I took a ‘Johnnycakes’ approach, which is more like a thin griddled cornbread or polenta, with no baking powder or flour. The general recipe (made 12 hearty pancakes, for 4 adults + 2 kids with toppings):

  • Mix 2 cups of cornmeal, 2 cups boiling water, and 1 tsp salt, stir and cover for 10 minutes, to let the hot water soften the cornmeal
  • Stir in  between 1/2 and 3/4 cup milk, gradually, stopping when it’s a very thick but spreadable batter (when I did this a few months ago and added too much milk, the batter was too runny and I ended up making thin crisp corn wafers).
    • [update] When I made these again from fresh-ground fine blue cornmeal a few months later, I ended up using about twice as much milk to make this closer to a thick pancake batter
  • Mix in 1.5 Tbsp olive oil
  • Cook in an oiled skillet on medium (or medium-low) heat, flipping when golden brown. I found it took about 4 minutes per side.

I made test pancakes with and without egg in the batter, and the one with egg and a bit more liquid made a thinner, smoother, more traditional-looking pancake (on the right)– but while both were delicious we preferred the texture of the eggless, thicker version on the left:

img_20170108_094645

We served them with a buffet of savory toppings– black-and-white orca beans, cheddar cheese, scrambled eggs, avocado, and a collection of beautiful greens from the back yard ‘winter garden’ (which in Oakland has been just hugging the edge of frost at night)– mizuna, broccoli greens, kale, arugula, daikon greens, and some oregano and thyme, sautéed with caramelized red onions and garlic. The daikon greens have been a surprisingly good addition to many sautés– they give off a puff of mustardy spice when you first start to cook them but then mellow out.

img_20170108_095511

This quick cell phone photo of a plate doesn’t make it look especially appealing, but this was a delicious (and relatively simple) combination I’d make again:

img_2563

Paletas (lime-mezcal-chili and toasted coconut)

7 Jan

Reflecting recently how much I like a good paleta (Mexican popsicles, often made with fresh fruit and a little sweetener), I picked up a few molds and a book for inspiration.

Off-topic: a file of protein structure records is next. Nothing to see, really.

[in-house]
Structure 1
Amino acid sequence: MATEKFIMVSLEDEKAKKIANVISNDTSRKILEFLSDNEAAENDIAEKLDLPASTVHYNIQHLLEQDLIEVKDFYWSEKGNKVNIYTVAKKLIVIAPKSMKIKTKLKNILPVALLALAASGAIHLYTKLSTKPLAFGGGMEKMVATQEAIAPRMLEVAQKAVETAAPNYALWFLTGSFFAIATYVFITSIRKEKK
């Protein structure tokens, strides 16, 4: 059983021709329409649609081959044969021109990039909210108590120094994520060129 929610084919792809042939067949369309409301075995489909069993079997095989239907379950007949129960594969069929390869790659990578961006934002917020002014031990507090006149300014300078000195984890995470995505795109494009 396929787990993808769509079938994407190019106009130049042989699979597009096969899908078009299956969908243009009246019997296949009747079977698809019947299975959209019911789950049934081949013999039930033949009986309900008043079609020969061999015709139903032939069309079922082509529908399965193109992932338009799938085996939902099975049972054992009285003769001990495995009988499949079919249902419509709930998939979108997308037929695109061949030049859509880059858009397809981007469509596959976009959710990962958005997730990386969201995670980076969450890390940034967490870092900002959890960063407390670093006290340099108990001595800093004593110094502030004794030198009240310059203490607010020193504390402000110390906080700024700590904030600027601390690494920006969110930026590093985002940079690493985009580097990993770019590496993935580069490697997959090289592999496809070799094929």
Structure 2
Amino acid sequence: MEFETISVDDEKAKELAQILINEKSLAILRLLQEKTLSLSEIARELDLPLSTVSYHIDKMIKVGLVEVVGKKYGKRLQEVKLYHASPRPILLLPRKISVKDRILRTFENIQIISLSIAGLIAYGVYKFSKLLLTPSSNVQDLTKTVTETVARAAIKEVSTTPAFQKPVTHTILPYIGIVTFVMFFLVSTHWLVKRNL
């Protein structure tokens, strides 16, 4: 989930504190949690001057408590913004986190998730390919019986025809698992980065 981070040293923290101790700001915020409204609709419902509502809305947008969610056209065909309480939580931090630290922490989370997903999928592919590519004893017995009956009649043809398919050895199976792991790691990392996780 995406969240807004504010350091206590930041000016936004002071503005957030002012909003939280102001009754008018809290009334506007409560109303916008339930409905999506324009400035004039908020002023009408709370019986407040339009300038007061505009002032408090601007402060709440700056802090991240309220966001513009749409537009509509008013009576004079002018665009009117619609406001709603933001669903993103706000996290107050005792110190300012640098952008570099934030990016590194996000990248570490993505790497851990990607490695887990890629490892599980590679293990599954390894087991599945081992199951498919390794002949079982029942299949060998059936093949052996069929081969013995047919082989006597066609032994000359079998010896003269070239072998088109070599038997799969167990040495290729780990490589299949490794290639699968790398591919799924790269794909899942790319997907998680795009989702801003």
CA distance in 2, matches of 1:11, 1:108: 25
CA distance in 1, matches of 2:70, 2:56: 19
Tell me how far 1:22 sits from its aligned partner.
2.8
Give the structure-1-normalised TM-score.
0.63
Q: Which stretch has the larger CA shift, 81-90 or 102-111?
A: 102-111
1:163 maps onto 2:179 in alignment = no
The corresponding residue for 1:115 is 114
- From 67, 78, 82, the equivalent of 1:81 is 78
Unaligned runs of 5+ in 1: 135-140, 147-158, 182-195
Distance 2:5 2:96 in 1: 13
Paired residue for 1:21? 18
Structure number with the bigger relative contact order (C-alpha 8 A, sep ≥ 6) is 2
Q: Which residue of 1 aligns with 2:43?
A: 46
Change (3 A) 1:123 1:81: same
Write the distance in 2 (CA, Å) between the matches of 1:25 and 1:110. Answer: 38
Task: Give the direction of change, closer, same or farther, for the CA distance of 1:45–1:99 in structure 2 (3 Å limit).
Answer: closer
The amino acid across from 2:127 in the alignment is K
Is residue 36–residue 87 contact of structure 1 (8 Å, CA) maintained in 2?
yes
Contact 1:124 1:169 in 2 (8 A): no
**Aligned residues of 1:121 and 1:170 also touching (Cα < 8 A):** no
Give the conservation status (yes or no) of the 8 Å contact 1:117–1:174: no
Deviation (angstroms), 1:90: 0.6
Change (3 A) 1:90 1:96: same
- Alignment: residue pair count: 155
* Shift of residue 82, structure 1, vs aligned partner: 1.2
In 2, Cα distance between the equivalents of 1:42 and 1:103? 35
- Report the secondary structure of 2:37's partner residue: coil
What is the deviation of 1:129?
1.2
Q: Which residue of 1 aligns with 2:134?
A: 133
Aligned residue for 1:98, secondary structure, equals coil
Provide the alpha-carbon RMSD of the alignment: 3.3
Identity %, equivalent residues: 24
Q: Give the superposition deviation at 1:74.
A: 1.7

And then for a New Year’s Eve party I made two flavors: toasted coconut and lime-mezcal-chili. The latter used limes, cayenne peppers, and limequats from our back yard (the limequat is the edible kumquat-sized citrus sliced thin and frozen into the paleta below, mostly for appearance):

 

img_20161231_143606_765

These were easy and successful…

Lime-mezcal-chili paleta (makes about 10 regular-size):

  • Infused lime-chili syrup (bring the following to a simmer for 5 minutes and then cool and strain):
    • 2 cups water
    • zest of three medium limes
    • One small 2″ long green cayenne pepper from the garden, including seeds
    • 3/4 cups brown sugar (I was out of white sugar, but would use it next time to keep the color lighter)
  • 3/4 cup lime juice
  • One thin-sliced limequat for every two paletas
  • a pinch of red chili flake (chinese chili) per paleta

I loved the way these turned out– with our Bearss limes the result is quite tart (which is good), and there’s just a hint of pepper heat. The mezcal adds some smokiness and a bit of liquor flavor while still being little enough alcohol that the paleta freezes (I estimate this works out to about 1/6th of a beer’s worth of alcohol per popsicle, so it’s not going to get anyone tipsy).

The red chili flake did tend to all settle to the bottom or float to the top, so if I did this again I might infuse it into the syrup and then strain it out, or try freezing the paletas for an hour to a slushy form and then mixing in the chili flakes, on the theory they’d stay more distributed.

Toasted coconut paleta (makes about 12 regular size):

(I based this on the ‘quick coconut paleta’ recipe in the book above)

  • One can (14oz) coconut milk
  • One can (14oz) sweetened condensed milk
  • 1/2 cup heavy cream
  • 1/4 tsp salt
  • 1/4 tsp vanilla extract
  • 3/4 cup finely shredded coconut, toasted in a 300F oven for just 2-3 minutes until golden brown

These were pretty good– they had an amazingly creamy texture, and I like the toasted coconut. They were sweeter than I  like, so if I did it again I’d put in significantly less sugar (maybe half as much condensed milk, and more coconut milk) and buy or make coarser shredded coconut (and use less of it) for some more variation in texture.

 

New Year’s Day chilaquiles and carnitas

2 Jan

The best part of having leftover pulled pork and salsa from New Year’s Eve dinner?

New Year’s Day carnitas chilaquiles (tortilla chips soaked in tomatillo salsa, topped with fatty pulled pork that’s been crisped under the broiler and mixed with a little orange juice, and a fried egg):

img_20170101_143605